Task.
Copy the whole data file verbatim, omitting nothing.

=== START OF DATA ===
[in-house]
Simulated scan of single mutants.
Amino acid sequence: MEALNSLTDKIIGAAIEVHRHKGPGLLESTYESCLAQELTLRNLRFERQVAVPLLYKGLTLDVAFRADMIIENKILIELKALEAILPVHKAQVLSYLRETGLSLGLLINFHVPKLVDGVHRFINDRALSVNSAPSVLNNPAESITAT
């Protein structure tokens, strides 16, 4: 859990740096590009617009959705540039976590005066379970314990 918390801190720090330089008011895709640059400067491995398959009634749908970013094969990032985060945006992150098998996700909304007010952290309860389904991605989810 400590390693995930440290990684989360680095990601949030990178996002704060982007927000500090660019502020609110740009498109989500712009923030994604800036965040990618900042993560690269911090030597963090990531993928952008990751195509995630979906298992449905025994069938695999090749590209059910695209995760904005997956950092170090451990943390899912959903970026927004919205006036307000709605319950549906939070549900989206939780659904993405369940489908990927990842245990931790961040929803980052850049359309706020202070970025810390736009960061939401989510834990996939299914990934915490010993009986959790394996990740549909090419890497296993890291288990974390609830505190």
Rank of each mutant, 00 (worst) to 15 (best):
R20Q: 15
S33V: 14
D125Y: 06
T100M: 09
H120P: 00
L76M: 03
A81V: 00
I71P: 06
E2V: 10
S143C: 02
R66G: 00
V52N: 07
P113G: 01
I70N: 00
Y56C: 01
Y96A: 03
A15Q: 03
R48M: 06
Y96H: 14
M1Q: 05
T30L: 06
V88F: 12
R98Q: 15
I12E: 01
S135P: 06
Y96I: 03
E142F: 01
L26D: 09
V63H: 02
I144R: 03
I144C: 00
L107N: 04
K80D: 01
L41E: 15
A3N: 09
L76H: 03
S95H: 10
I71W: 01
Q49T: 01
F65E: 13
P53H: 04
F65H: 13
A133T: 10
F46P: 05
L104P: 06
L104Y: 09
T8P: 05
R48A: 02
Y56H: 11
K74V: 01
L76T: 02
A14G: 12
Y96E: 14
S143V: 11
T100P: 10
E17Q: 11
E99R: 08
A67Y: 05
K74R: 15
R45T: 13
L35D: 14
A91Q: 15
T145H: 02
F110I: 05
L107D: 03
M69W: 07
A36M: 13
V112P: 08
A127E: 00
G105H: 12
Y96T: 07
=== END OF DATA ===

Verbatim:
[in-house]
Simulated scan of single mutants.
Amino acid sequence: MEALNSLTDKIIGAAIEVHRHKGPGLLESTYESCLAQELTLRNLRFERQVAVPLLYKGLTLDVAFRADMIIENKILIELKALEAILPVHKAQVLSYLRETGLSLGLLINFHVPKLVDGVHRFINDRALSVNSAPSVLNNPAESITAT
């Protein structure tokens, strides 16, 4: 859990740096590009617009959705540039976590005066379970314990 918390801190720090330089008011895709640059400067491995398959009634749908970013094969990032985060945006992150098998996700909304007010952290309860389904991605989810 400590390693995930440290990684989360680095990601949030990178996002704060982007927000500090660019502020609110740009498109989500712009923030994604800036965040990618900042993560690269911090030597963090990531993928952008990751195509995630979906298992449905025994069938695999090749590209059910695209995760904005997956950092170090451990943390899912959903970026927004919205006036307000709605319950549906939070549900989206939780659904993405369940489908990927990842245990931790961040929803980052850049359309706020202070970025810390736009960061939401989510834990996939299914990934915490010993009986959790394996990740549909090419890497296993890291288990974390609830505190």
Rank of each mutant, 00 (worst) to 15 (best):
R20Q: 15
S33V: 14
D125Y: 06
T100M: 09
H120P: 00
L76M: 03
A81V: 00
I71P: 06
E2V: 10
S143C: 02
R66G: 00
V52N: 07
P113G: 01
I70N: 00
Y56C: 01
Y96A: 03
A15Q: 03
R48M: 06
Y96H: 14
M1Q: 05
T30L: 06
V88F: 12
R98Q: 15
I12E: 01
S135P: 06
Y96I: 03
E142F: 01
L26D: 09
V63H: 02
I144R: 03
I144C: 00
L107N: 04
K80D: 01
L41E: 15
A3N: 09
L76H: 03
S95H: 10
I71W: 01
Q49T: 01
F65E: 13
P53H: 04
F65H: 13
A133T: 10
F46P: 05
L104P: 06
L104Y: 09
T8P: 05
R48A: 02
Y56H: 11
K74V: 01
L76T: 02
A14G: 12
Y96E: 14
S143V: 11
T100P: 10
E17Q: 11
E99R: 08
A67Y: 05
K74R: 15
R45T: 13
L35D: 14
A91Q: 15
T145H: 02
F110I: 05
L107D: 03
M69W: 07
A36M: 13
V112P: 08
A127E: 00
G105H: 12
Y96T: 07